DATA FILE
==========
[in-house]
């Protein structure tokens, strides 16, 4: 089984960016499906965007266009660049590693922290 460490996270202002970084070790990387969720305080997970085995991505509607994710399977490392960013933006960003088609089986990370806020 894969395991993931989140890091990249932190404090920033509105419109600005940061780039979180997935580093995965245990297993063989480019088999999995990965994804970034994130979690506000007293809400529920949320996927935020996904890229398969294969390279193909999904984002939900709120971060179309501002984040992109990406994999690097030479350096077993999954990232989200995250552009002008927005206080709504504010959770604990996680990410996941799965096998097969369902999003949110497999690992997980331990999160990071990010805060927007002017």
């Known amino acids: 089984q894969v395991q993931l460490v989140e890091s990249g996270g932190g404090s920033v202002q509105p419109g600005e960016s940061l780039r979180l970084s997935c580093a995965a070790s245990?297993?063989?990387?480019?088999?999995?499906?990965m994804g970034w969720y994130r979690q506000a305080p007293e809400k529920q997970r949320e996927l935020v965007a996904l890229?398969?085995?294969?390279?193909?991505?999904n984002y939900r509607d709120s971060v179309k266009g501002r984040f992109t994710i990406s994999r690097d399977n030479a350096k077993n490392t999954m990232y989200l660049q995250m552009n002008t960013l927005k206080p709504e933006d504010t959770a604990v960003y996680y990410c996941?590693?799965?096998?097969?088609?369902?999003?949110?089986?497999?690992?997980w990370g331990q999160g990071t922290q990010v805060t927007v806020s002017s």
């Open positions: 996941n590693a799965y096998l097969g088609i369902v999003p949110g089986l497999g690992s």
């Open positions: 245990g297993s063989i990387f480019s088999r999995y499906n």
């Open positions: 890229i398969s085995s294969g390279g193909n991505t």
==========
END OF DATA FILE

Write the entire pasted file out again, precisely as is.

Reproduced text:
[in-house]
């Protein structure tokens, strides 16, 4: 089984960016499906965007266009660049590693922290 460490996270202002970084070790990387969720305080997970085995991505509607994710399977490392960013933006960003088609089986990370806020 894969395991993931989140890091990249932190404090920033509105419109600005940061780039979180997935580093995965245990297993063989480019088999999995990965994804970034994130979690506000007293809400529920949320996927935020996904890229398969294969390279193909999904984002939900709120971060179309501002984040992109990406994999690097030479350096077993999954990232989200995250552009002008927005206080709504504010959770604990996680990410996941799965096998097969369902999003949110497999690992997980331990999160990071990010805060927007002017």
């Known amino acids: 089984q894969v395991q993931l460490v989140e890091s990249g996270g932190g404090s920033v202002q509105p419109g600005e960016s940061l780039r979180l970084s997935c580093a995965a070790s245990?297993?063989?990387?480019?088999?999995?499906?990965m994804g970034w969720y994130r979690q506000a305080p007293e809400k529920q997970r949320e996927l935020v965007a996904l890229?398969?085995?294969?390279?193909?991505?999904n984002y939900r509607d709120s971060v179309k266009g501002r984040f992109t994710i990406s994999r690097d399977n030479a350096k077993n490392t999954m990232y989200l660049q995250m552009n002008t960013l927005k206080p709504e933006d504010t959770a604990v960003y996680y990410c996941?590693?799965?096998?097969?088609?369902?999003?949110?089986?497999?690992?997980w990370g331990q999160g990071t922290q990010v805060t927007v806020s002017s």
């Open positions: 996941n590693a799965y096998l097969g088609i369902v999003p949110g089986l497999g690992s």
């Open positions: 245990g297993s063989i990387f480019s088999r999995y499906n």
């Open positions: 890229i398969s085995s294969g390279g193909n991505t």